- Remnants from second world war in Europe

Bundesflagge le drapeau tricolore Dannebrog

Stronghold Battery Agger

When on 9 April 1940 the Germans occupied Denmark, their main objective was to secure the airports in Aalborg  and thereby protect the supply line to Norway. In order to ensure access to the Limfjord and thereby access to Aalborg from the sea side, the German Navy, by as early as 12 April, had set up a coastal battery on Agger Tange with four 120 mm. guns.

The guns were initially set up in the open but, in Autumn 1942, bunkers were started to be built for the crew (R501, R621 and R622), for the ammunition (R134) and for the fire management (M162a).

Some 400 metres north of the coastal battery, the German Air Force built a radar position in September 1943, consisting of a Würzburg-Riese radar mounted on a bunker tower (V174). The position was part of a network of radar that had to cover all of Denmark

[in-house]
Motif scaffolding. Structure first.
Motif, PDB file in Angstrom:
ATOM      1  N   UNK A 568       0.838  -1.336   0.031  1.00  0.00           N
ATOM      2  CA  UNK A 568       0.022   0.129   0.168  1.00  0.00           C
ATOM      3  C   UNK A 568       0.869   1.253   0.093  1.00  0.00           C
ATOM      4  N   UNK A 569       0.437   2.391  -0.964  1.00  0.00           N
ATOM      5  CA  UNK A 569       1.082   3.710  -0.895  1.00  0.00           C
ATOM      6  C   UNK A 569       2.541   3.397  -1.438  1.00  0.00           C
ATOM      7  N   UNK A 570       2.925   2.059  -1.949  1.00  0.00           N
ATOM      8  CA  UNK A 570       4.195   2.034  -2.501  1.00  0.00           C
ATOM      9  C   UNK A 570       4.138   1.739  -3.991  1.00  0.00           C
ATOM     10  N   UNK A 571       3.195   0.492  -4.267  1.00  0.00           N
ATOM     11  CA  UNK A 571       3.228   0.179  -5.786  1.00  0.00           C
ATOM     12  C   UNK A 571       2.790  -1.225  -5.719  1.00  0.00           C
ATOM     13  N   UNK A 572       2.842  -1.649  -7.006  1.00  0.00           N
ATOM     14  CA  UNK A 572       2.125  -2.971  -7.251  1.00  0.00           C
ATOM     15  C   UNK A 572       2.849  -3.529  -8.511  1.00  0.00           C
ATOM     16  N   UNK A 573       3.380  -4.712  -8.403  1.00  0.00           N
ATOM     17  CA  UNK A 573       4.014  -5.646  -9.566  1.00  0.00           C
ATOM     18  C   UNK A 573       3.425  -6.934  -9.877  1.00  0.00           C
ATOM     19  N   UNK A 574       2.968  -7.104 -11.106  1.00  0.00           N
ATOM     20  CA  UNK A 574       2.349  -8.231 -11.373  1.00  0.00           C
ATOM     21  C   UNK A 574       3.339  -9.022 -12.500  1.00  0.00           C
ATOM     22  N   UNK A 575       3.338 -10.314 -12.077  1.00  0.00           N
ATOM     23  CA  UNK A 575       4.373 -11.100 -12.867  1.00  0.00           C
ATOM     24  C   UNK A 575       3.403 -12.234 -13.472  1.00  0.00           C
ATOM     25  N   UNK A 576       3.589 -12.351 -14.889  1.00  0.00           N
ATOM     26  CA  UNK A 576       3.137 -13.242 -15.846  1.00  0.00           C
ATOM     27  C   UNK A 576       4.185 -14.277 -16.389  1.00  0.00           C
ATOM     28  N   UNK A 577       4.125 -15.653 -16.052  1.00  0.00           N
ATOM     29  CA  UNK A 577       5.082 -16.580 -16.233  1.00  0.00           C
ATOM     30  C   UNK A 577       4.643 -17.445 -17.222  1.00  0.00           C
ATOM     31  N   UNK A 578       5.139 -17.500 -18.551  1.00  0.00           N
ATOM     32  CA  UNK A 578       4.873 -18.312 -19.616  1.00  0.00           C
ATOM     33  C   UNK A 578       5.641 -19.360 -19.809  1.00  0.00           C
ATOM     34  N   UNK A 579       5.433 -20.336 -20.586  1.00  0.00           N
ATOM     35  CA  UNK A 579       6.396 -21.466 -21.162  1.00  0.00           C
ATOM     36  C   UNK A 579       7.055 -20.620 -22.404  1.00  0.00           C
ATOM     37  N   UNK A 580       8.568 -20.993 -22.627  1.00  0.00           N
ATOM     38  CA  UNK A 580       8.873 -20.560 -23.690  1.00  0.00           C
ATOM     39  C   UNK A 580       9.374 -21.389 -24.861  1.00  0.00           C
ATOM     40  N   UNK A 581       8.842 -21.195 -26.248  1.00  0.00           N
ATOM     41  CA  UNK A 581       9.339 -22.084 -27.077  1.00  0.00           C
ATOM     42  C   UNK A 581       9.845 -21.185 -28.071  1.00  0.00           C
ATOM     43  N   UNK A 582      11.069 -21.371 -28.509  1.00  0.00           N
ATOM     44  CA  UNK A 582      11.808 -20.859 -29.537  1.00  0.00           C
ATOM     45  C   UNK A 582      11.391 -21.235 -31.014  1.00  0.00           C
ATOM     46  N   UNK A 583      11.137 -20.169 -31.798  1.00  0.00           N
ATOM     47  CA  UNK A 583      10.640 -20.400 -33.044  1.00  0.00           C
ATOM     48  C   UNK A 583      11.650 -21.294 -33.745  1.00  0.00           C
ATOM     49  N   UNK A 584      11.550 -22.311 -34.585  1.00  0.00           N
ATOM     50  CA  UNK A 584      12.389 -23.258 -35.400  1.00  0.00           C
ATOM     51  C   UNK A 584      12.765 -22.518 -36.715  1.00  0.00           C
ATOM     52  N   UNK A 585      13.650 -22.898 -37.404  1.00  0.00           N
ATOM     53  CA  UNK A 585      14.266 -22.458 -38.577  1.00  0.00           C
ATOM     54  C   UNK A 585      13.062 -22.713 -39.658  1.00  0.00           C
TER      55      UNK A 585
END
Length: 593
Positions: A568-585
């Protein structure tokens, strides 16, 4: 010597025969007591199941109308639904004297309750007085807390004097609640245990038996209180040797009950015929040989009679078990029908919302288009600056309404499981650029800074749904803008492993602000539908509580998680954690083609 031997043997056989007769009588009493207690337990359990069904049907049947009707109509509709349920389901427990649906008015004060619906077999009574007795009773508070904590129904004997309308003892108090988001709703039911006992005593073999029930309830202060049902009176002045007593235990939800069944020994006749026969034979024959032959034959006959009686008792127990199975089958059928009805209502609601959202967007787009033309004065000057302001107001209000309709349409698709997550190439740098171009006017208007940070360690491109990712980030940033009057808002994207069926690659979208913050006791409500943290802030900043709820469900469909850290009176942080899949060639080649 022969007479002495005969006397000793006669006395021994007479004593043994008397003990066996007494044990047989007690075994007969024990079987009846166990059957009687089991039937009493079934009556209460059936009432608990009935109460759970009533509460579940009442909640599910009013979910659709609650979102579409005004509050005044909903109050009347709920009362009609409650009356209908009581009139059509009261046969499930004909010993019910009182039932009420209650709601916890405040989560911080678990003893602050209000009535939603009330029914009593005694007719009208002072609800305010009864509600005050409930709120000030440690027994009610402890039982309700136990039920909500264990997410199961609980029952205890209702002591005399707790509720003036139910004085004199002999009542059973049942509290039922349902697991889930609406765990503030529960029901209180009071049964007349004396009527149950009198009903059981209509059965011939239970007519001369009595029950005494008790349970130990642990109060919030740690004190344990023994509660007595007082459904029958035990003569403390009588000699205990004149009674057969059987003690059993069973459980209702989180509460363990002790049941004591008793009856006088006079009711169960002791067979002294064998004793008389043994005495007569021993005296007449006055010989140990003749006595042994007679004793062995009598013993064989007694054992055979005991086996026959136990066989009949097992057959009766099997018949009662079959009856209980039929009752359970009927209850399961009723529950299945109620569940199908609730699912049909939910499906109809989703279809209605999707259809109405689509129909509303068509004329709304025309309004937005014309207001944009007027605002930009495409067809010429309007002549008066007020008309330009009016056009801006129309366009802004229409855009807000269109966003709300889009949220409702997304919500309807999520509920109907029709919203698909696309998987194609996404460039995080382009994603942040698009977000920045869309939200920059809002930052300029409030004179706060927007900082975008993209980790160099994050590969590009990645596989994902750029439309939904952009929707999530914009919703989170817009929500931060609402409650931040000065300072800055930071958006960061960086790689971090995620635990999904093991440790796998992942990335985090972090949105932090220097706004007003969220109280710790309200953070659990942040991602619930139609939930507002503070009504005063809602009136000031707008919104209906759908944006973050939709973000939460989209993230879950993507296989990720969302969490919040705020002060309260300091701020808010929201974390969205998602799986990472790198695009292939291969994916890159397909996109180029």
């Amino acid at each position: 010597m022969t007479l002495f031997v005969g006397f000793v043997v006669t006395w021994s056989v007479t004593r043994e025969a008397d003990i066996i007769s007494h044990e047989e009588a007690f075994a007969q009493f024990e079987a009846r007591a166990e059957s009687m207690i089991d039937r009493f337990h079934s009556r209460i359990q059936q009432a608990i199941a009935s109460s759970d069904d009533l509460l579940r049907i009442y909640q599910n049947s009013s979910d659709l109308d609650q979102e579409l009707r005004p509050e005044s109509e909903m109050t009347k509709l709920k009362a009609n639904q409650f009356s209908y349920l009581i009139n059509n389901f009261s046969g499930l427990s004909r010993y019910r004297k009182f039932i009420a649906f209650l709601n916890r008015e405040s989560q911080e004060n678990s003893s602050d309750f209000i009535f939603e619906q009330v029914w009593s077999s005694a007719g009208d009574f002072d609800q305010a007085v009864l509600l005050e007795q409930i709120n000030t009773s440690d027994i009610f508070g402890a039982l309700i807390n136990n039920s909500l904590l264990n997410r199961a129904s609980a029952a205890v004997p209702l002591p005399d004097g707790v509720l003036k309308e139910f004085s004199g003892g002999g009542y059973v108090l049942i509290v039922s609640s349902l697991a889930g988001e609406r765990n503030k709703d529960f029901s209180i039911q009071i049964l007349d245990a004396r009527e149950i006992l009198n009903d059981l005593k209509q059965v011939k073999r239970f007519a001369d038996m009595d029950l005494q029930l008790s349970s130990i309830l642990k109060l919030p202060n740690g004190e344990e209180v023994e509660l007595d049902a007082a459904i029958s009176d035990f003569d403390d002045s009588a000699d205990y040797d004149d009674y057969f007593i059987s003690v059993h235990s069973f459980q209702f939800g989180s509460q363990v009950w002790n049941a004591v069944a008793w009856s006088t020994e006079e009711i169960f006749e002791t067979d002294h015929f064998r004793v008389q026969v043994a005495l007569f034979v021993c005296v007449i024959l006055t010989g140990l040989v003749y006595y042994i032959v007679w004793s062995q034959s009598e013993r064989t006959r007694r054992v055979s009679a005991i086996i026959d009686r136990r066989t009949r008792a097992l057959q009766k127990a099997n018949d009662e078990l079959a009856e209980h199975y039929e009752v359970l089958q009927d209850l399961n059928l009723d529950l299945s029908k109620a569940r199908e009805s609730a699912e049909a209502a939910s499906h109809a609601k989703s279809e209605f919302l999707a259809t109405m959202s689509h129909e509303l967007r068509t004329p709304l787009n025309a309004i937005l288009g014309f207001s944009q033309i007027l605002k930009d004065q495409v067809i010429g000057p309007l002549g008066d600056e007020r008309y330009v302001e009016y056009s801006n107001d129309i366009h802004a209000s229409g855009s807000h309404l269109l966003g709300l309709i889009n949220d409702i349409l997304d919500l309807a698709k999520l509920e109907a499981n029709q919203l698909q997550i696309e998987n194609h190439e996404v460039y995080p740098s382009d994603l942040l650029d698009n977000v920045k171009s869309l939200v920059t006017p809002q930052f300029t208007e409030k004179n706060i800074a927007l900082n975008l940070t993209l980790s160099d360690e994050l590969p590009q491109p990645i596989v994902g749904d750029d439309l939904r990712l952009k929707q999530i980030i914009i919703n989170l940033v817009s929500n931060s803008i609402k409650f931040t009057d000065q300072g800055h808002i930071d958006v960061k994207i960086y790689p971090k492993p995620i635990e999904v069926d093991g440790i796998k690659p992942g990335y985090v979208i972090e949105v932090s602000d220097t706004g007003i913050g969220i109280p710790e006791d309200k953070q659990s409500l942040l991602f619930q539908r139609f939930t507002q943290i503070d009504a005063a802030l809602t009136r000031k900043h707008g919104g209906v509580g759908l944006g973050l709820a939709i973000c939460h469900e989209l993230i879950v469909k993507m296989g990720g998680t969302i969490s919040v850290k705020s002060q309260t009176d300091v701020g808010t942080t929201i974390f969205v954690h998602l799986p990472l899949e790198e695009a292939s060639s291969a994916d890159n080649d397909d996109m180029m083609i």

By the end of 1943 the guns in the coastal battery were replaced with more modern German 127 mm, thereby increasing the range to 15 km.

In the summer of 1944, construction began for bunkers for the guns, but shortly afterwards the work was suspended, German naval management instead deciding that the coastal battery should be moved to Kobberø 7 km. to the southeast. The new location would make better use of the guns, especially when their field of fire at the existing site was limited by the proposed new bunkers. At the same time, bunkers and equipment were very exposed to the sea in their current location.

Construction at Kobberø began at the end of 1944, but shortages of construction materials forced suspension of the project in early 1945.

The guns stayed on Agger Tange and the many bunkers are today located at the beach.